Some also looked like alien spacecraft that are regularly reported to be “saucer shaped” with glowing lights blinking on and off. Only the blinking lights were missing from the hats.
I liked the Queen’s hat the best. Like other British women she does not have to make a “fashion statement” or try to outdo her contemporaries. She had a dignified lemon yellow hat with lemon colored roses on the brim and everything matched. She looked lovely for a mid-80′s time to “walk into her feet.” She is going to be on that throne as long or longer than her relative Queen Victoria and her son (the Twit) will be in his 80s or 90′s before he becomes King. No wonder the Brits prefer William as their next King. His youth and easy manner and the more casual genuine friendliness (reminiscent of his mother Diana) outshines the stiff, stogy , discomfortable “fake friendliness” father he has. There were few loud cheers for Charles or Camilla compared to Elizabeth and Phillip and of course, the Newlyweds. Perhaps Charles and Camilla should retire at Highgrove and tend to the gardens, talk to the plants and be horsey like they seem to enjoy most.
The history of hats is fascinating. On a website which was fun to see and read (hatsuk.com) it was said that “Hats have been around for a very long time. It is not known when the first animal skin was pulled over a head as a protection against the elements and although it was not a hat in the true sense, it was realized that a head covering sometimes had an advantage.” (hatsuk.com)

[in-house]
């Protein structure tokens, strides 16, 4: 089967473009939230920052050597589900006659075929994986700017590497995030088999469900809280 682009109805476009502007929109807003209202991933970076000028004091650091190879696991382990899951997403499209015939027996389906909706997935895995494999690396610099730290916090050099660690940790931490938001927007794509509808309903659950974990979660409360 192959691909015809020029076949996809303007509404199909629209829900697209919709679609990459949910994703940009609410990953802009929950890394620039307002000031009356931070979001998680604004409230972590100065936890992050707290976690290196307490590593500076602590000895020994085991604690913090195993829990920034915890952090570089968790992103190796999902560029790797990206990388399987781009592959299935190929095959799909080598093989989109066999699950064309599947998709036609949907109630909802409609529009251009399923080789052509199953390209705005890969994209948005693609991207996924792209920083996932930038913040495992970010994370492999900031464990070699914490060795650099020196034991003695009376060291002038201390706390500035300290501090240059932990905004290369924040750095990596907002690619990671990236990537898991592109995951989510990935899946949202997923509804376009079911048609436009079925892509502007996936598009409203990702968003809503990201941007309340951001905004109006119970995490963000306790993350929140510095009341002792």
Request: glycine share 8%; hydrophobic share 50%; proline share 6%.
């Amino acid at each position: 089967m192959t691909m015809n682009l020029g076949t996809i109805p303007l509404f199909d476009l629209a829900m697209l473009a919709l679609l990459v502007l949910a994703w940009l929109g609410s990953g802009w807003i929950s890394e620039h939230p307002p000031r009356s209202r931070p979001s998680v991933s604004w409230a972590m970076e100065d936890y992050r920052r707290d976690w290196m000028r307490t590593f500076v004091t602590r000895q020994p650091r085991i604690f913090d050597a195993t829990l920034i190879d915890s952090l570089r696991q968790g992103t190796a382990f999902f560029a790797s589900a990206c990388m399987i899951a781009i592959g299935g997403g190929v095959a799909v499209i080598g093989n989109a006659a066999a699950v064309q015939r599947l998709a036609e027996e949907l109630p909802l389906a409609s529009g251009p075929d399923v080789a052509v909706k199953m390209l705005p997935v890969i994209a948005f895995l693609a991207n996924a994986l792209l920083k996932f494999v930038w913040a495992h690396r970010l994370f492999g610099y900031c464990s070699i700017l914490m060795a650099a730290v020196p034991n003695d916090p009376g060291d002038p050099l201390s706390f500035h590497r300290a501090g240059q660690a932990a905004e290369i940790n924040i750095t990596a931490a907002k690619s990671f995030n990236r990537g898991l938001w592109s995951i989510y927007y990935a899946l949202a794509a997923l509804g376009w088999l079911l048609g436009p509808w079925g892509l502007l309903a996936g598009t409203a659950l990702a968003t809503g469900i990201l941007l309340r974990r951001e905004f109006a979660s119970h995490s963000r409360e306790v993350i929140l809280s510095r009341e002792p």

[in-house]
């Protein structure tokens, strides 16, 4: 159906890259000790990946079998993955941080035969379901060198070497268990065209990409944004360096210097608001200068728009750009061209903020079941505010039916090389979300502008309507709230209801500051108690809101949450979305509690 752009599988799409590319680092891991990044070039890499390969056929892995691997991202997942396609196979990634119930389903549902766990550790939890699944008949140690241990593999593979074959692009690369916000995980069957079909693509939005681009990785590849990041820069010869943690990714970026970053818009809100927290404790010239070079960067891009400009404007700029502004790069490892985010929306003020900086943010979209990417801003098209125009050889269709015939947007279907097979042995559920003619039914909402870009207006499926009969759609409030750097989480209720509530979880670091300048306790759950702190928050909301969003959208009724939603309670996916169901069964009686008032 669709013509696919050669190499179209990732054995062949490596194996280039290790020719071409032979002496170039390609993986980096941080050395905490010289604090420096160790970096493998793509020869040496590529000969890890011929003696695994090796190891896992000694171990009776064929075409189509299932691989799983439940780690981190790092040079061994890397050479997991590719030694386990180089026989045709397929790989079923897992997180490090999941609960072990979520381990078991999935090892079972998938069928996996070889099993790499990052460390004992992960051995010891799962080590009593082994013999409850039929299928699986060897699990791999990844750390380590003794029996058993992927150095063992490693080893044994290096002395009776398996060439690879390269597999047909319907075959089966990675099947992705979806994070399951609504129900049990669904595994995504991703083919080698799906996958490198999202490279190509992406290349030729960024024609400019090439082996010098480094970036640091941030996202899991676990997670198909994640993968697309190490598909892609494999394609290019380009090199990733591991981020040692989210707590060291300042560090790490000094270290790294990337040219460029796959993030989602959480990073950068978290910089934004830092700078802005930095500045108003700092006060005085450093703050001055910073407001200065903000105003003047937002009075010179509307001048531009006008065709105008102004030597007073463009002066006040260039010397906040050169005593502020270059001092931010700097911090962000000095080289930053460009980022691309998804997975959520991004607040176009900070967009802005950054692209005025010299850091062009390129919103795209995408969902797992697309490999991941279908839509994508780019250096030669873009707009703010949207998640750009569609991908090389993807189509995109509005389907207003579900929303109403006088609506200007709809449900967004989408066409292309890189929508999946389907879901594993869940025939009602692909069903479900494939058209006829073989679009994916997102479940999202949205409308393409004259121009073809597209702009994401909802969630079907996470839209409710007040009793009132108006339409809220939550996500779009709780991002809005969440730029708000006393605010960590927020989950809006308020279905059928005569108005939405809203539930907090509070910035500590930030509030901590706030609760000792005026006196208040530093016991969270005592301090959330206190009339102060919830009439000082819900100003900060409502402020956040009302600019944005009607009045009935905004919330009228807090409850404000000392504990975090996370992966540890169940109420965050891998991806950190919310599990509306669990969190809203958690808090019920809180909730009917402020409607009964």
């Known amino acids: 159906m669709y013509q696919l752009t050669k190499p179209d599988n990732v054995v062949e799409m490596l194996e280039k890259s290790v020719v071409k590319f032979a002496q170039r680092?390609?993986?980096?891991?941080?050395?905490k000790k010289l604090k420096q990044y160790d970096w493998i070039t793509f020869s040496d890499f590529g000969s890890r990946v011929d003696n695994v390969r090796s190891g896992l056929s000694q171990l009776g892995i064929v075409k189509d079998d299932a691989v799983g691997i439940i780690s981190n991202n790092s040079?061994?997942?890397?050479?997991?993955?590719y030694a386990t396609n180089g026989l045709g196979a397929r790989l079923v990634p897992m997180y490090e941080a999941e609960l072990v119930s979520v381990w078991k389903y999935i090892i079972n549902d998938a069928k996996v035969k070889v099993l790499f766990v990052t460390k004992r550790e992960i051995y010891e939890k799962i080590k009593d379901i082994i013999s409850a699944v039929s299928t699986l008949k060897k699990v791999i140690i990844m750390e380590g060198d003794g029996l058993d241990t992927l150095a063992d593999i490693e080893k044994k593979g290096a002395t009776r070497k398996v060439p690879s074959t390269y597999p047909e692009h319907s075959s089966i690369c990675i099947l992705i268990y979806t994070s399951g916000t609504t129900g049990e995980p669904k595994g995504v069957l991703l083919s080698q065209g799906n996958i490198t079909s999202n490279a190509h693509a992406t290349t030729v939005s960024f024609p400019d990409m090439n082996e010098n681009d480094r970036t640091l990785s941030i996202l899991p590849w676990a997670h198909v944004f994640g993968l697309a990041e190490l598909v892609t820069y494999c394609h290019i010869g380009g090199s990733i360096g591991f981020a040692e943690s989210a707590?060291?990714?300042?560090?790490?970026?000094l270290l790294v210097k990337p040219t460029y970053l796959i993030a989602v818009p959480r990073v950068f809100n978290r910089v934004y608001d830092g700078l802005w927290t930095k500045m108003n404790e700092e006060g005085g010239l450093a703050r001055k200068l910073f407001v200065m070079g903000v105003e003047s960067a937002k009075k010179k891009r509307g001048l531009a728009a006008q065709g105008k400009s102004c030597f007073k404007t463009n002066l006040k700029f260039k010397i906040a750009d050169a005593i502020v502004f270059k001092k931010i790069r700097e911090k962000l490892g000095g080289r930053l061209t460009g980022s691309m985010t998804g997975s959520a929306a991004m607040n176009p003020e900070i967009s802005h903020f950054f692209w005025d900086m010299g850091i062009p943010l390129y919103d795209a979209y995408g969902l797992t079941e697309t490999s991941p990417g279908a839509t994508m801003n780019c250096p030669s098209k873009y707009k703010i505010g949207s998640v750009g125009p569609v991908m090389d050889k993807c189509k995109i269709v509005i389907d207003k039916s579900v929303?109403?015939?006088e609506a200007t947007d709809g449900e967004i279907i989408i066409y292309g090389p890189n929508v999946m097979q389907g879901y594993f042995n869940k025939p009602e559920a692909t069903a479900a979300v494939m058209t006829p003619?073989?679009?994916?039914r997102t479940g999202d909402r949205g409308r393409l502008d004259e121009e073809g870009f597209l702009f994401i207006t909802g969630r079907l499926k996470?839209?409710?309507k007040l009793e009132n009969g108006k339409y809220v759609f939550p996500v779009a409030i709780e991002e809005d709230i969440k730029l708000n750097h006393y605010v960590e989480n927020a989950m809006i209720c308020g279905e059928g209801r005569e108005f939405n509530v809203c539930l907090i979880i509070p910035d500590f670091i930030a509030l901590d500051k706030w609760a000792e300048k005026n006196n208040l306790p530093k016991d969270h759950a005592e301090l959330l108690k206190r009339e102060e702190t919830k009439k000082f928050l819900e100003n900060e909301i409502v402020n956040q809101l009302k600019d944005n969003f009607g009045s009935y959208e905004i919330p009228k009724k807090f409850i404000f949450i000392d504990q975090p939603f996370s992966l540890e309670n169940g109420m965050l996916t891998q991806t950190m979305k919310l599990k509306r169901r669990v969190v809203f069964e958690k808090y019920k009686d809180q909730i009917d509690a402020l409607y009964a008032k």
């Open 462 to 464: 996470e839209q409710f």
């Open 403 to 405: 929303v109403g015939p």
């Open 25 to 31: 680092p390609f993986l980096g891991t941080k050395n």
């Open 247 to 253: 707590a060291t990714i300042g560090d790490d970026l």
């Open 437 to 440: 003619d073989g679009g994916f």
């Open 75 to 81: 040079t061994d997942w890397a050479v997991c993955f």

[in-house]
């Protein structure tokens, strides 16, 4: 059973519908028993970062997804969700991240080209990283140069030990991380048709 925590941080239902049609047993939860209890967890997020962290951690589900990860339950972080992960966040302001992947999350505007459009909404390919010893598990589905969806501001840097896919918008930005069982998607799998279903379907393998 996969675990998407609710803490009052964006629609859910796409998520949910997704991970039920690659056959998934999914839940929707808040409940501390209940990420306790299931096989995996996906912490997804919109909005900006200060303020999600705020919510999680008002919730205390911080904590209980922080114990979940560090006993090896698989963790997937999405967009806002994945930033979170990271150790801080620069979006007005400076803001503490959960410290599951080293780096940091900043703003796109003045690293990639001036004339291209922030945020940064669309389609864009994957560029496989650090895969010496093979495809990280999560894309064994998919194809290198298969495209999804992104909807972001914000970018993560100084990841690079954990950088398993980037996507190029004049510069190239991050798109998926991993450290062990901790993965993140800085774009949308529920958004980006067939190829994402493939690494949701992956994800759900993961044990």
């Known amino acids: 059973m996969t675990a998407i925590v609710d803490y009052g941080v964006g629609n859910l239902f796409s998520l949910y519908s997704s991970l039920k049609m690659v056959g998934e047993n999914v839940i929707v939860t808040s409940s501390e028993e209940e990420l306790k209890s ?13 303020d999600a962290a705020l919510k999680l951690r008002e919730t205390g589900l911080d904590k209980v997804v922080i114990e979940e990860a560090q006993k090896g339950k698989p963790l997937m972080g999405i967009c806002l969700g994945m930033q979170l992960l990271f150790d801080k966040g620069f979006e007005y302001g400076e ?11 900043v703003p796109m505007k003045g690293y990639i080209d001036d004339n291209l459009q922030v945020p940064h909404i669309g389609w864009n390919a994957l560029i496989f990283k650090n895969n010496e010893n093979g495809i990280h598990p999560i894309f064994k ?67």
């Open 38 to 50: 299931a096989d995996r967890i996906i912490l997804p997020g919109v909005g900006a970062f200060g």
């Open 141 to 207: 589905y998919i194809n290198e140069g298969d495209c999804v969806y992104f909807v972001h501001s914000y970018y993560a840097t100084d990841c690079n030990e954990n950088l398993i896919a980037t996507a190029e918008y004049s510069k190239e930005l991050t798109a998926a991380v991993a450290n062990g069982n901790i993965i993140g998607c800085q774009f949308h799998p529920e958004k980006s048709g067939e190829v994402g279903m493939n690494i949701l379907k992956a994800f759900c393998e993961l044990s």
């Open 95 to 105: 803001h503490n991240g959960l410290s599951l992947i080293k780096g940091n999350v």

Early paintings by people in the early Egyptian culture (times of Pharoahs and pyramids) show women and men with hats on their heads.
At an early stage in human history “Women were expected to cover their heads by veils, kerchiefs, hoods, caps and wimples” (hatsuk.com)
By later in the 17th century womens’ hats emerged in their own right.
Remember the “Mad Hatter” from “Alice In Wonderland”. Early hat makers used amounts of mercury in their hat-making and the mercury went to their brains and nervous systems giving birth to the term “mad hatter” because they often went mad after so much exposure to mercury.
By the early 1900′s womens’ hats were enormous, wide-brimmed and loaded with adornments of flowers, feathers, gauze, and much veiling material.
Since fairly early times, women wearing hats was required by Christian and other non-Christian churches…think of the veiled women in Islam. Hindu women are also covered by veils and big scarves over their heads. There is a Biblical admonition in one of Paul’s epistles for women to cover their heads when they are at worship. Many of us who of an age can remember when women simply did not step inside a church without a hat! I remember how important hats were to my Mom and aunts and other women of that era. My mother wore a hat to “Ladies’ Aid” (Lutheran version of Hadassah) and even to PTA meetings and other public functions. It was just expected of women to wear hats! Even young girls like me had hats..usually a new pretty bonnet for Easter! Think of the old song “In Your Easter Bonnet With All the Frills Upon It” !!!!!
The Brits have never departed from that tradition and big, small, feathered, flowered , wide-brimmed, no- brimmed hats still flourish in Britain, especially at formal events.
I remember walking from my south Moorhead college to Watermans’ Department Store and buying a nice green winter hat to wear to church when I was a freshman in 1957. I had a nifty red hat too at that time and I alternated hats with my coal black winter coat!!!!
If you go to the UK Telegraph webside there may still be a number of pictures of the hats at the royal wedding. I you are fascinated like I am about hats and other parts of British culture you may enjoy seeing the colored pictures on the wedding hats site.
I can’t resist using a quote about hats by Katherine Whitehorn (whoever she is!)
“Hats can genrally be divided into three classes: offensive hats, defensive hats, and shrapnel.”
I saw all three classes yesterday on the royal wedding coverage!!!!!